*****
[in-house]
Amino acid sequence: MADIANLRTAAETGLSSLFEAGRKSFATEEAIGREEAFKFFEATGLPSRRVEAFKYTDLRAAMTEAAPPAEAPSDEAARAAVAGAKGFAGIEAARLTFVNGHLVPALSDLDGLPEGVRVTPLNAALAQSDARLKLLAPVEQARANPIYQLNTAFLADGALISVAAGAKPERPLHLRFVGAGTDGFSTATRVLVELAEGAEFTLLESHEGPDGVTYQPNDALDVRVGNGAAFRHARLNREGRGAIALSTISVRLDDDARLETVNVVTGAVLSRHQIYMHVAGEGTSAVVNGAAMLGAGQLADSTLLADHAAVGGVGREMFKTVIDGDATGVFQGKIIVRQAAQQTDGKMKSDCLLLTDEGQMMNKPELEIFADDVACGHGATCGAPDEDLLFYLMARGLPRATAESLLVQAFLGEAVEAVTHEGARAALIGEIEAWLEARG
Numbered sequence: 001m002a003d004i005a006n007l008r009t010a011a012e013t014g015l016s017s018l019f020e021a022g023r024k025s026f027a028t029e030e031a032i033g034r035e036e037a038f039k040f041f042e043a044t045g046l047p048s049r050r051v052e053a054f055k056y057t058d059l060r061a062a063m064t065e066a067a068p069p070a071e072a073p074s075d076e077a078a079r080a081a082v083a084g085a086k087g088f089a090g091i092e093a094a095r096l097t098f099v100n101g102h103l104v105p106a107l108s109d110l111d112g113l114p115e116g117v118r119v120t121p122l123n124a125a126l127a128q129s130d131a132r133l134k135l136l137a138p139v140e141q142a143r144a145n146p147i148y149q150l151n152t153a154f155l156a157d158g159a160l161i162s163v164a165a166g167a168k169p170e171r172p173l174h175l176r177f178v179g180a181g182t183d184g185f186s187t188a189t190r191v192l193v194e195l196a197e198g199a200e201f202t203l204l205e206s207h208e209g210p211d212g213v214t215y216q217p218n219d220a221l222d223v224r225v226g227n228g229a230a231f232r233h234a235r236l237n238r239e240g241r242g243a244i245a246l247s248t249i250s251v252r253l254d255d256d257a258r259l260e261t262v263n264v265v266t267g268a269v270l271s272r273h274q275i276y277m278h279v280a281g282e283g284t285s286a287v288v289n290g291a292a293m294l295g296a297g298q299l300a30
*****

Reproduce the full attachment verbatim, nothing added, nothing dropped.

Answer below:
[in-house]
Amino acid sequence: MADIANLRTAAETGLSSLFEAGRKSFATEEAIGREEAFKFFEATGLPSRRVEAFKYTDLRAAMTEAAPPAEAPSDEAARAAVAGAKGFAGIEAARLTFVNGHLVPALSDLDGLPEGVRVTPLNAALAQSDARLKLLAPVEQARANPIYQLNTAFLADGALISVAAGAKPERPLHLRFVGAGTDGFSTATRVLVELAEGAEFTLLESHEGPDGVTYQPNDALDVRVGNGAAFRHARLNREGRGAIALSTISVRLDDDARLETVNVVTGAVLSRHQIYMHVAGEGTSAVVNGAAMLGAGQLADSTLLADHAAVGGVGREMFKTVIDGDATGVFQGKIIVRQAAQQTDGKMKSDCLLLTDEGQMMNKPELEIFADDVACGHGATCGAPDEDLLFYLMARGLPRATAESLLVQAFLGEAVEAVTHEGARAALIGEIEAWLEARG
Numbered sequence: 001m002a003d004i005a006n007l008r009t010a011a012e013t014g015l016s017s018l019f020e021a022g023r024k025s026f027a028t029e030e031a032i033g034r035e036e037a038f039k040f041f042e043a044t045g046l047p048s049r050r051v052e053a054f055k056y057t058d059l060r061a062a063m064t065e066a067a068p069p070a071e072a073p074s075d076e077a078a079r080a081a082v083a084g085a086k087g088f089a090g091i092e093a094a095r096l097t098f099v100n101g102h103l104v105p106a107l108s109d110l111d112g113l114p115e116g117v118r119v120t121p122l123n124a125a126l127a128q129s130d131a132r133l134k135l136l137a138p139v140e141q142a143r144a145n146p147i148y149q150l151n152t153a154f155l156a157d158g159a160l161i162s163v164a165a166g167a168k169p170e171r172p173l174h175l176r177f178v179g180a181g182t183d184g185f186s187t188a189t190r191v192l193v194e195l196a197e198g199a200e201f202t203l204l205e206s207h208e209g210p211d212g213v214t215y216q217p218n219d220a221l222d223v224r225v226g227n228g229a230a231f232r233h234a235r236l237n238r239e240g241r242g243a244i245a246l247s248t249i250s251v252r253l254d255d256d257a258r259l260e261t262v263n264v265v266t267g268a269v270l271s272r273h274q275i276y277m278h279v280a281g282e283g284t285s286a287v288v289n290g291a292a293m294l295g296a297g298q299l300a30